Daniel J. Siegel, MDYou wander through the market and see what looks like ginger root. The vendor smiles as you pick up a piece and smell it. You expect ginger and the scent is similar to ginger or perhaps galanga,1 but not quite the same. The vendor, seeing interest, slices a piece of the rhizome for you and you immediately notice the bright yellow-to-orange color. This is not ginger, it is turmeric, a member of the ginger family, Zingiberaceae.2 Turmeric (Curcuma longa)3 is a versatile rhizome that is integral to Indian cooking.4 It is used either fresh or boiled briefly and then ground to a powder.
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It is also a valuable medical plant, prized for its “active” ingredient (“active” is in quotes because there is a complex mix of compounds in any plant). Of all the compounds related to turmeric, curcumin is the focus of most research.
Properties and absorption
This active aromatic phenol has many intriguing effects, acting as an inhibitor of multiple histone deacetylases and transcriptional co-activator proteins, arachidonate 5-lipoxygenase enzyme and cyclooxygenase.
Curcumin is all well and good as an anti-inflammatory, if only it could get into our bodies. Clinical trials have shown that this poorly water soluble compound exhibits poor bioavailability, rapid metabolism, low levels in plasma and tissues, and extensive rapid excretion.
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Numerous approaches to increase curcumin bioavailability have been explored, including the use of absorption factors (such as piperine), liposomes, nanoparticles or a structural analogue.5
Intriguingly, there are two very different approaches to enhancing absorption orally, one of which involves complexing with lipids6,7 while the other involves a more natural approach of co-administering with piper niger (black pepper), which sounds sexy,8 though there is some concern that the piperine and related compounds may have adverse effects on the gut with regard to increasing permeability to many other chemicals, some of which may be antigenic and therefore problematic to individuals with underlying immune system dysfunction9.
NEXT: Potential uses
In dermatology there are many potential uses for curcumin. Topically it may play a role in wound healing;10,11 malignancy12 including melanoma; and a variety of inflammatory conditions including psoriasis, vitiligo13 and skin aging,14 among other uses.
The Ayurvedic system of medicine was founded more than 3,000 years ago in India. Combining the concepts of ayur
(life) and veda
(science or knowledge), Ayurvedic medicine is used widely in India and is often combined with conventional Western medicine.15
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Ayurvedic medicine uses turmeric extensively, both orally and topically, to treat a wide variety of conditions. Taken orally with honey, water or milk, or used as a paste on the skin, turmeric is used Ayurvedically to treat conditions related to the skin, heart, liver, and lungs. Ayurvedic medicine claims that turmeric can assist with enhancing complexions and the immune system, easing digestive issues, detoxing the liver, balancing cholesterol, fighting allergies.16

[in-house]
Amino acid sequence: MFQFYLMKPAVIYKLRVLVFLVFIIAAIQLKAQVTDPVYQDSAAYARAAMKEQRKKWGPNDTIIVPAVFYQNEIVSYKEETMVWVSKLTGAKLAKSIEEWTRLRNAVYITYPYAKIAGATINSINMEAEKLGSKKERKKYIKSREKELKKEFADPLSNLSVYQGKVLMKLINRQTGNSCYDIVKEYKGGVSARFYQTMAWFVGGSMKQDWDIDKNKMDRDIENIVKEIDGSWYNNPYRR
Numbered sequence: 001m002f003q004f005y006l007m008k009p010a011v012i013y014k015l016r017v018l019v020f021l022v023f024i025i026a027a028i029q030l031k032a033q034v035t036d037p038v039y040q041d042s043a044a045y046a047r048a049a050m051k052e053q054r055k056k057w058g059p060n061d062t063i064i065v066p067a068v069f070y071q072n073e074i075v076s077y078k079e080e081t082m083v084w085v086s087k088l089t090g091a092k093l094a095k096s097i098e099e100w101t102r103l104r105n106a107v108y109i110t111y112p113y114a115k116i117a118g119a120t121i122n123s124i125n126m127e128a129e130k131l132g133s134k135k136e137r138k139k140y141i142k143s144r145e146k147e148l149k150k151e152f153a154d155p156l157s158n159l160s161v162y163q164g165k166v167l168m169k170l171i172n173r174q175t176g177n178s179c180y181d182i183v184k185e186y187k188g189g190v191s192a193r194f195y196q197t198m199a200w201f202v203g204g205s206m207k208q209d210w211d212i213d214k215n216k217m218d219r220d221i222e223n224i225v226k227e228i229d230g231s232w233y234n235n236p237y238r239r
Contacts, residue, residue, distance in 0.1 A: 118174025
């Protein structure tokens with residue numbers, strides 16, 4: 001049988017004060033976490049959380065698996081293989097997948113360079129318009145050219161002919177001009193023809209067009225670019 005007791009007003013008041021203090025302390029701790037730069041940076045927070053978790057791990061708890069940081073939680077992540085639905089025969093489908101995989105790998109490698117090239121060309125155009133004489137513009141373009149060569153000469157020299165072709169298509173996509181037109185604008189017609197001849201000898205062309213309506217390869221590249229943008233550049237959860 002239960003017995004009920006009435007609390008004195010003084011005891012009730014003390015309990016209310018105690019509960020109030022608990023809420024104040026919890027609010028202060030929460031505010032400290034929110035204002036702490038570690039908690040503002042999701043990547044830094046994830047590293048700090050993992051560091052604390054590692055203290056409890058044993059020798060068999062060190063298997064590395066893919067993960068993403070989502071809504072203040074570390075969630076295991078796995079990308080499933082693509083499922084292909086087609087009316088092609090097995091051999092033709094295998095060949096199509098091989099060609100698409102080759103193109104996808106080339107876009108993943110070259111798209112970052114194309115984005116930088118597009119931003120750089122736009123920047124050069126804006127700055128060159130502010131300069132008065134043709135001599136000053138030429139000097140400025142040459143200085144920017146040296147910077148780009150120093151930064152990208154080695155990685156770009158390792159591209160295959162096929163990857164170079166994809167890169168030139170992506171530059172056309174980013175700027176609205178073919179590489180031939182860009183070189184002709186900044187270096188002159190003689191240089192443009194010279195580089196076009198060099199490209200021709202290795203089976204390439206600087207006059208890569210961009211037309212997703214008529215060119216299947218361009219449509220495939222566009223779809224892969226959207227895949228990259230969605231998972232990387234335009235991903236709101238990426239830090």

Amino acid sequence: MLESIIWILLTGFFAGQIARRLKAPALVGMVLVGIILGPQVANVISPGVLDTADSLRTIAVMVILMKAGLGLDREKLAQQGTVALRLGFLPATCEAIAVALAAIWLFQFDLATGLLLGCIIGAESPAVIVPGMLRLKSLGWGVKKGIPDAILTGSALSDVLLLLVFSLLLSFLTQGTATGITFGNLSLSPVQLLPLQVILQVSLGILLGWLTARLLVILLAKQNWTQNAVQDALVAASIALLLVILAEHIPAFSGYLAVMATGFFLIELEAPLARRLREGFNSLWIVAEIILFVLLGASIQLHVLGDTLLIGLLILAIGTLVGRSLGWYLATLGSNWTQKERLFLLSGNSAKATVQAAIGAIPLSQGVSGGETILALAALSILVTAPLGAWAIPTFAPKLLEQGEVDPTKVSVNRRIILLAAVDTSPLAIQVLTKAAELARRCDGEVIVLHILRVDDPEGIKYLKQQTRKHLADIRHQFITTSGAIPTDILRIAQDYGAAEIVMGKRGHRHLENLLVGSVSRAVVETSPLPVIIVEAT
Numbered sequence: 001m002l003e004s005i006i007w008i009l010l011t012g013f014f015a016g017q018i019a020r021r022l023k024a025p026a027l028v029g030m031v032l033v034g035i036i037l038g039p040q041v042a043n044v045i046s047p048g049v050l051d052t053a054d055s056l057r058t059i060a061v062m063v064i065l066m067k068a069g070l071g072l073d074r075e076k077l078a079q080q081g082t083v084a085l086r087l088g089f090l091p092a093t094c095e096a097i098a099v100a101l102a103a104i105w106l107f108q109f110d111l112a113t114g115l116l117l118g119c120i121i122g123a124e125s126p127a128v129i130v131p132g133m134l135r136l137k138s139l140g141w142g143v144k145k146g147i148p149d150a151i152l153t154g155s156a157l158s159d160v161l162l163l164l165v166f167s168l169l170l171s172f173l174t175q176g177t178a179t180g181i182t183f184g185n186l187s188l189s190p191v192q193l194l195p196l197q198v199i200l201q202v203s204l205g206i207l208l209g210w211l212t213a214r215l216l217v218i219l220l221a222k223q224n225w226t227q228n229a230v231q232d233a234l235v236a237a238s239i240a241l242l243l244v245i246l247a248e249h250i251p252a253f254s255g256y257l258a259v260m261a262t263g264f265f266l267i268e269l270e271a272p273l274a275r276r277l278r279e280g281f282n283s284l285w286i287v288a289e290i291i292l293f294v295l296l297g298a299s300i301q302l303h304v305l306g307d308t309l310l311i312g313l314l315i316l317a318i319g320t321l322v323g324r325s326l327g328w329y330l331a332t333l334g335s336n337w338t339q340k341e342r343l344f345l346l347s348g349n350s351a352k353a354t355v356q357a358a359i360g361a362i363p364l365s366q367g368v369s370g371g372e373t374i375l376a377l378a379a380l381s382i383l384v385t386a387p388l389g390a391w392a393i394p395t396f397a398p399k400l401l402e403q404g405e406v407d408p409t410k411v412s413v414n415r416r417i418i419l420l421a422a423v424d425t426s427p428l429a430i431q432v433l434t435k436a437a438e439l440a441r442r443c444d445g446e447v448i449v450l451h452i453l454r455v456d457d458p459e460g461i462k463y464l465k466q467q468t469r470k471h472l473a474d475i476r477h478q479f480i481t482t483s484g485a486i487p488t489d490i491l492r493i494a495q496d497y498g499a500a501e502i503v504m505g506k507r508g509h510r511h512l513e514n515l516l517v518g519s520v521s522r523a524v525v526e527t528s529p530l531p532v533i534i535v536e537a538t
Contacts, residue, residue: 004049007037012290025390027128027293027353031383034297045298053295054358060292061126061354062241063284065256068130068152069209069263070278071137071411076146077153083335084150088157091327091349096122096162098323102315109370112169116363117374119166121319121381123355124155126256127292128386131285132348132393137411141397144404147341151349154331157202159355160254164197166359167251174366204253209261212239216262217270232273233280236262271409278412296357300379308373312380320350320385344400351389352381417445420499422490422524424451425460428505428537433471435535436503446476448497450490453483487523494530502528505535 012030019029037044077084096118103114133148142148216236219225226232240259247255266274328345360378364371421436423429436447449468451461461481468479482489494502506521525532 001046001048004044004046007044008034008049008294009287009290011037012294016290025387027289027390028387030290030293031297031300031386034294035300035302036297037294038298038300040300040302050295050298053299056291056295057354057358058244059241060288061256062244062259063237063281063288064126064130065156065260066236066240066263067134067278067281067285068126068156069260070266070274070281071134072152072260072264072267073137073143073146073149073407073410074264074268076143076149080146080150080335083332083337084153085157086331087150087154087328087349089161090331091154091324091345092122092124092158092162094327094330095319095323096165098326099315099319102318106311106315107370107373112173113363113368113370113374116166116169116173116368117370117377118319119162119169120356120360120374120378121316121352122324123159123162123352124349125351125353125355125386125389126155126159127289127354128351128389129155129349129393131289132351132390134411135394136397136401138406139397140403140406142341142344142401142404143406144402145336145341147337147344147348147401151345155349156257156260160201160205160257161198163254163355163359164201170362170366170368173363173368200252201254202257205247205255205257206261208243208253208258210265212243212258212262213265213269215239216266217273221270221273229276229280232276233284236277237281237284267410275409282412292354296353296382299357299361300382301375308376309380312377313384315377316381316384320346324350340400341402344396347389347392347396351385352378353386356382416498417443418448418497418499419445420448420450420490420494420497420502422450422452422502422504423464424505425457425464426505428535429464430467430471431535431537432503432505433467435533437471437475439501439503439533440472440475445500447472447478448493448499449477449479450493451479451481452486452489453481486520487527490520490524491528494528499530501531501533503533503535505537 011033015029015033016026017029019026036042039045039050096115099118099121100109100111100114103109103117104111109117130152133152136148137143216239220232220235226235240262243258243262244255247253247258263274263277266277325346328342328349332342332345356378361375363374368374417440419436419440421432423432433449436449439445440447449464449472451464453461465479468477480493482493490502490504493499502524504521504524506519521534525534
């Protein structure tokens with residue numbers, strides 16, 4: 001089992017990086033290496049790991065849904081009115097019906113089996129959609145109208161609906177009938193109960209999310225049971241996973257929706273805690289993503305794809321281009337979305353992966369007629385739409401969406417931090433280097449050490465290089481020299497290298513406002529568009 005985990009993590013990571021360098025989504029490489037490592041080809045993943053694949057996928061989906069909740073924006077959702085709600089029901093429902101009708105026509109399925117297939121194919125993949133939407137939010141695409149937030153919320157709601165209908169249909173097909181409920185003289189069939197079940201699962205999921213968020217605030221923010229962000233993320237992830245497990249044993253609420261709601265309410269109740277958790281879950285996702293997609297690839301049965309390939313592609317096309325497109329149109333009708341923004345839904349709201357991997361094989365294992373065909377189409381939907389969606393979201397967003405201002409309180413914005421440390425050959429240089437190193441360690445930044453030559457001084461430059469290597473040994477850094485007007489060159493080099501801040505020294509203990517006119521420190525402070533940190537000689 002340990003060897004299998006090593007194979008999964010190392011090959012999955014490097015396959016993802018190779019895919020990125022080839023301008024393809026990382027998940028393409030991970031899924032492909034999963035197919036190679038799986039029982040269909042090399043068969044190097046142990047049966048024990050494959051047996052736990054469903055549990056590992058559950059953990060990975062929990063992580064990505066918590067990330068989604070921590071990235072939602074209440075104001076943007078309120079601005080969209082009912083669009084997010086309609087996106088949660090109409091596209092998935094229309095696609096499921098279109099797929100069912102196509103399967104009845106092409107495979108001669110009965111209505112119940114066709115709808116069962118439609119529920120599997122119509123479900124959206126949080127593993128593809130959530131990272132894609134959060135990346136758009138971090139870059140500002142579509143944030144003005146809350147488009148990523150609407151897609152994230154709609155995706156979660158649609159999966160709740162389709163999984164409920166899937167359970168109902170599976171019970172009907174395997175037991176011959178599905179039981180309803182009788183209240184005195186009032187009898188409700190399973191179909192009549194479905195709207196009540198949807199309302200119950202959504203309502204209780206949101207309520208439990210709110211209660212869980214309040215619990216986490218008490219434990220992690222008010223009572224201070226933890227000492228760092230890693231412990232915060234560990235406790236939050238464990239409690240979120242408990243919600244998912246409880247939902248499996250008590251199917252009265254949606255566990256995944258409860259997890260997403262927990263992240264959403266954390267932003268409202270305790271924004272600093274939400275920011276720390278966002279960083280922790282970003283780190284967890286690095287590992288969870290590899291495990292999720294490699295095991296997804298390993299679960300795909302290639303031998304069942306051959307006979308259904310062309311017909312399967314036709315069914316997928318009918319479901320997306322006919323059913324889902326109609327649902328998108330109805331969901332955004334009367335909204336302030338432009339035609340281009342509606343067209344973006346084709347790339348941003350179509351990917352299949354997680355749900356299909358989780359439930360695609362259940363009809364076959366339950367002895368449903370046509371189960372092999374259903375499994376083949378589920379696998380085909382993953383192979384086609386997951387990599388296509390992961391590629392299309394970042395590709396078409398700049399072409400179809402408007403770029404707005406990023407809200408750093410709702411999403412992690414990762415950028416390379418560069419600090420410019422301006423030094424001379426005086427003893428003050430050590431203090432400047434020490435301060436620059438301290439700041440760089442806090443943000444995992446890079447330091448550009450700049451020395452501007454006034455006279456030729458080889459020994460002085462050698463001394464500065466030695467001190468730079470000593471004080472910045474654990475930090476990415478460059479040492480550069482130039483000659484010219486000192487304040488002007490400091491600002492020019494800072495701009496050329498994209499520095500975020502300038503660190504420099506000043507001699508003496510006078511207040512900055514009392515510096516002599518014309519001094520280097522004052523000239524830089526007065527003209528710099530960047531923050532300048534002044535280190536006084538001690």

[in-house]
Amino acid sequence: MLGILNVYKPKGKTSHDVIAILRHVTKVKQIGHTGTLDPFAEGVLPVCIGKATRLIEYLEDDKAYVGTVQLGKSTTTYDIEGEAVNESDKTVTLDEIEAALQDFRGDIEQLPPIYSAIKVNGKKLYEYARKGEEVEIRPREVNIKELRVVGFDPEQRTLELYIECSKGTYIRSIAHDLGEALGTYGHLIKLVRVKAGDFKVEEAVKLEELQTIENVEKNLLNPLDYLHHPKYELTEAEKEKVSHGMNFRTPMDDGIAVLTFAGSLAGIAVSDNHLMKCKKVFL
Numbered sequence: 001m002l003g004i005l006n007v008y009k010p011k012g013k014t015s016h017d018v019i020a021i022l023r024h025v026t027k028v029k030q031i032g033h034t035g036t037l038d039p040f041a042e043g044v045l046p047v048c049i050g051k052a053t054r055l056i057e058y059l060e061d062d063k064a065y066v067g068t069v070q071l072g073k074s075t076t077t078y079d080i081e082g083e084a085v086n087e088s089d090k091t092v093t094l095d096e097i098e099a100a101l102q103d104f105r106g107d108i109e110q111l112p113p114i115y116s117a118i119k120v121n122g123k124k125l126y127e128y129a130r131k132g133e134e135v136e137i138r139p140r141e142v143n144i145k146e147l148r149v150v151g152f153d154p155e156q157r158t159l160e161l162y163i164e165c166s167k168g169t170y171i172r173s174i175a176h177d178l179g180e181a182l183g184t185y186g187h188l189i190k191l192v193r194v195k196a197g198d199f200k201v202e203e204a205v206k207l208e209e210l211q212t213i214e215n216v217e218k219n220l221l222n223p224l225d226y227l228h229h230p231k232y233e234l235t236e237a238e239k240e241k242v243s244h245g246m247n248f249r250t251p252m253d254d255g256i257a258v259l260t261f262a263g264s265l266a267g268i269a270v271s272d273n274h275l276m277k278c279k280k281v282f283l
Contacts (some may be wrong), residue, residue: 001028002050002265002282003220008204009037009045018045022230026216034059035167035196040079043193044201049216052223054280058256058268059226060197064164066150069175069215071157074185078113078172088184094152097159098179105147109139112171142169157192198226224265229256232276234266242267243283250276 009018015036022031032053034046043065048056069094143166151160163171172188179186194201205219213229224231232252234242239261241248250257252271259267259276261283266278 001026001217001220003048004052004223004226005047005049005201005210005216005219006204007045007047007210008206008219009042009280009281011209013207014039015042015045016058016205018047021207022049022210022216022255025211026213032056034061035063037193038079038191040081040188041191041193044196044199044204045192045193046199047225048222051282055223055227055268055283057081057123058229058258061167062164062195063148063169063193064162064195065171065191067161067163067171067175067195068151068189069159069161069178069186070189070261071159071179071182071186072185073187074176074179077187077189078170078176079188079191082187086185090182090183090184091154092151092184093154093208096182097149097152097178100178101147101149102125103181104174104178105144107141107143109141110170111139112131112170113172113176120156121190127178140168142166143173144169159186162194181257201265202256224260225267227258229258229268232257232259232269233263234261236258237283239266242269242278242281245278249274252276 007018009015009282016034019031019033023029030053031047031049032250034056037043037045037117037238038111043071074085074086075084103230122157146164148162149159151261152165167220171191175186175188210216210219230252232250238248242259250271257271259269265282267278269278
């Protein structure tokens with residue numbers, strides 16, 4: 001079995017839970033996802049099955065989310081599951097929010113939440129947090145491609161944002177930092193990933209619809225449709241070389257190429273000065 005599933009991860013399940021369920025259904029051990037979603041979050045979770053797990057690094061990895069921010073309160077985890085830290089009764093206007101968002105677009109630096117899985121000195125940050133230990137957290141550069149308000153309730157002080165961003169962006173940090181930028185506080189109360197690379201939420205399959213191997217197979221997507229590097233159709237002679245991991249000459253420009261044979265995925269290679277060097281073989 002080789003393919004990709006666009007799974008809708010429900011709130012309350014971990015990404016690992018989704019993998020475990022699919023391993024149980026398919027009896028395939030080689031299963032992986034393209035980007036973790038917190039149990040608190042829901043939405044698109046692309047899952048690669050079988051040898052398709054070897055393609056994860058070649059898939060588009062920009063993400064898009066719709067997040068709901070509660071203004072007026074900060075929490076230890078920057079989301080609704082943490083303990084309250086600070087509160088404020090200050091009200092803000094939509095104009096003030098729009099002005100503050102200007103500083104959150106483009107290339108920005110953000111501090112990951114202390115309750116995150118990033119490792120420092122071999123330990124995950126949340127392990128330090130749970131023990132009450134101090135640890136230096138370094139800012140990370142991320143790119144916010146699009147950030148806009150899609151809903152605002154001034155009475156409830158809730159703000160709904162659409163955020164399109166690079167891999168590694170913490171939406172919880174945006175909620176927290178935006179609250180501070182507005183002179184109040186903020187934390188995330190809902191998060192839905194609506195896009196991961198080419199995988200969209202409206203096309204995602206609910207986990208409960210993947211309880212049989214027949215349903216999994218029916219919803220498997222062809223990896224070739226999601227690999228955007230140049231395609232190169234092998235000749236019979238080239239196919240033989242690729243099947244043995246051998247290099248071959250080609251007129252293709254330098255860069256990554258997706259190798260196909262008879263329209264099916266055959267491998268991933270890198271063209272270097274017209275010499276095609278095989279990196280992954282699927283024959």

If you copy the text http://www.ncbi.nlm.nih.gov/pubmed/?term=curcumin+skin
and paste it into your browser you will see over three hundred papers on this area of research, with almost 90 papers since 2013.
In the spirit of Ayurvedic medicine—combining life, science, and knowledge—I close this column by saying, à¤à¤ªà¤à¥ à¤à¤®à¥à¤° à¤²à¤à¤¬à¥ à¤¹à¥ à¤à¤° à¤à¤ª à¤¸à¤®à¥à¤¦à¥à¤§ à¤¬à¤¨à¥! (Hindi translation to English: “Live long and prosper!”)
6. Appendino G, Belcaro G, Cornelli U, Luzzi R, Togni S, Dugall M, Cesarone MR, Feragalli B, Ippolito E, Errichi BM, Pellegrini L, Ledda A, Ricci A, Bavera P, Hosoi M, Stuard S, Corsi M, Errichi S, Gizzi G. Potential role of curcumin phytosome (Meriva) in controlling the evolution of diabetic microangiopathy. A pilot study. Panminerva Med. 2011 Sep;53(3 Suppl 1):43-9. PubMed PMID: 22108476.
7. Di Pierro F, Settembre R. Safety and efficacy of an add-on therapy with curcumin phytosome and piperine and/or lipoic acid in subjects with a diagnosis of peripheral neuropathy treated with dexibuprofen. J Pain Res. 2013 Jul 3;6:497-503. doi: 10.2147/JPR.S48432. Print 2013. Erratum in: J Pain Res. 2013;6:641. PubMed PMID: 23861596; PubMed Central PMCID: PMC3704545.
8. Berginc K, Trontelj J, Basnet NS, Kristl A. Physiological barriers to the oral delivery of curcumin. Pharmazie. 2012 Jun;67(6):518-24. PubMed PMID: 22822540.
9. Jensen-Jarolim E, Gajdzik L, Haberl I, Kraft D, Scheiner O, Graf J. Hot spices influence permeability of human intestinal epithelial monolayers. J Nutr. 1998 Mar;128(3):577-81. PubMed PMID: 9482766.
10. Akbik D, Ghadiri M, Chrzanowski W, Rohanizadeh R. Curcumin as a wound healing agent. Life Sci. 2014 Oct 22;116(1):1-7. doi: 10.1016/j.lfs.2014.08.016. Epub 2014 Sep 6. Review. PubMed PMID: 25200875.
11. Manca ML, Castangia I, Zaru M, Nácher A, Valenti D, Fernàndez-Busquets X, Fadda AM, Manconi M. Development of curcumin loaded sodium hyaluronate immobilized vesicles (hyalurosomes) and their potential on skin inflammation and wound restoring. Biomaterials. 2015 Dec;71:100-9. doi: 10.1016/j.biomaterials.2015.08.034. Epub 2015 Aug 19. PubMed PMID: 26321058.
12. Basnet P, Skalko-Basnet N. Curcumin: an anti-inflammatory molecule from a curry spice on the path to cancer treatment. Molecules. 2011 Jun 3;16(6):4567-98. doi: 10.3390/molecules16064567. Review. PubMed PMID: 21642934.
13. Thangapazham RL, Sharad S, Maheshwari RK. Skin regenerative potentials of curcumin. Biofactors. 2013 Jan-Feb;39(1):141-9. doi: 10.1002/biof.1078. Epub 2013 Jan 11. Review. PubMed PMID: 23315856.
14. Tundis R, Loizzo MR, Bonesi M, Menichini F. Potential role of natural compounds against skin aging. Curr Med Chem. 2015;22(12):1515-38. Review. PubMed PMID: 25723509.